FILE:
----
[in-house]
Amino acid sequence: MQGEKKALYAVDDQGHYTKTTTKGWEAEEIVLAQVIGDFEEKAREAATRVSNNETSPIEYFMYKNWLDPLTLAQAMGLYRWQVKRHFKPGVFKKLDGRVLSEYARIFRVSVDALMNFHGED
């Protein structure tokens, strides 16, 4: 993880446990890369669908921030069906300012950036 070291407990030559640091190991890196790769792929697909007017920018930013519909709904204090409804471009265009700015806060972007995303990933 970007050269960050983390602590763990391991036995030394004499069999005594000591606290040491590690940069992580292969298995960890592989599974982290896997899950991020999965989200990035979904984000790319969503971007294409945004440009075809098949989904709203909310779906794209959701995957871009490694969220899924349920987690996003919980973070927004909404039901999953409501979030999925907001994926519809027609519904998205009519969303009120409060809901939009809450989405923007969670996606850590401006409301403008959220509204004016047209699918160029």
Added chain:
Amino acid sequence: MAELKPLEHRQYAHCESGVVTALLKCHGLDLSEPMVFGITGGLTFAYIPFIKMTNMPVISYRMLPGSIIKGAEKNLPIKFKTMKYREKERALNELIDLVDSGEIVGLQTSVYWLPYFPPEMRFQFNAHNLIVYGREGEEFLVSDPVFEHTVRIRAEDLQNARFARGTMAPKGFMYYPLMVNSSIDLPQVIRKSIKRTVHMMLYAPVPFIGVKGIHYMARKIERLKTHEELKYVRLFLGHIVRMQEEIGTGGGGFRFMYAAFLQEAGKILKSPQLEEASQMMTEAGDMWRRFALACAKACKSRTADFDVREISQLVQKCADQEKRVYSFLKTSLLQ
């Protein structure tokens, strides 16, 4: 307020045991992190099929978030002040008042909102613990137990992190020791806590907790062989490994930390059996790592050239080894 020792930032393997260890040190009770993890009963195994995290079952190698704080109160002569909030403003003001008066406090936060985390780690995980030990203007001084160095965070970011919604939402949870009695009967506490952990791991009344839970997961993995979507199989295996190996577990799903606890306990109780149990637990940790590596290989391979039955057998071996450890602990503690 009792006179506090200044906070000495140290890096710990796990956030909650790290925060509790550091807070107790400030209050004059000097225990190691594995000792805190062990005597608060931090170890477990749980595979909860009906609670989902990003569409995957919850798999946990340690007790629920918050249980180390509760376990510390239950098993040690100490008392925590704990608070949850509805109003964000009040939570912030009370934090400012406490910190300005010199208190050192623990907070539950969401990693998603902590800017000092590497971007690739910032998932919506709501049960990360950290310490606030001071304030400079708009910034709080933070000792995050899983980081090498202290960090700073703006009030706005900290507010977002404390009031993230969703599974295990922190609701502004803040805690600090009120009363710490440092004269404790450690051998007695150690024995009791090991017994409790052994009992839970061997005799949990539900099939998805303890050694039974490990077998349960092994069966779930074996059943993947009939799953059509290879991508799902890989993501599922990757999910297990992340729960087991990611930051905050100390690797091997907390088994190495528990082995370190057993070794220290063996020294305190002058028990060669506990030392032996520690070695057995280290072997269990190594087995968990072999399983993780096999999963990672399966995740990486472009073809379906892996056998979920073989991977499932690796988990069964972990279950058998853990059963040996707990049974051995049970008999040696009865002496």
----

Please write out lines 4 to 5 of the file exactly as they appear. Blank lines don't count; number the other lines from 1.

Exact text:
Added chain:
Amino acid sequence: MAELKPLEHRQYAHCESGVVTALLKCHGLDLSEPMVFGITGGLTFAYIPFIKMTNMPVISYRMLPGSIIKGAEKNLPIKFKTMKYREKERALNELIDLVDSGEIVGLQTSVYWLPYFPPEMRFQFNAHNLIVYGREGEEFLVSDPVFEHTVRIRAEDLQNARFARGTMAPKGFMYYPLMVNSSIDLPQVIRKSIKRTVHMMLYAPVPFIGVKGIHYMARKIERLKTHEELKYVRLFLGHIVRMQEEIGTGGGGFRFMYAAFLQEAGKILKSPQLEEASQMMTEAGDMWRRFALACAKACKSRTADFDVREISQLVQKCADQEKRVYSFLKTSLLQ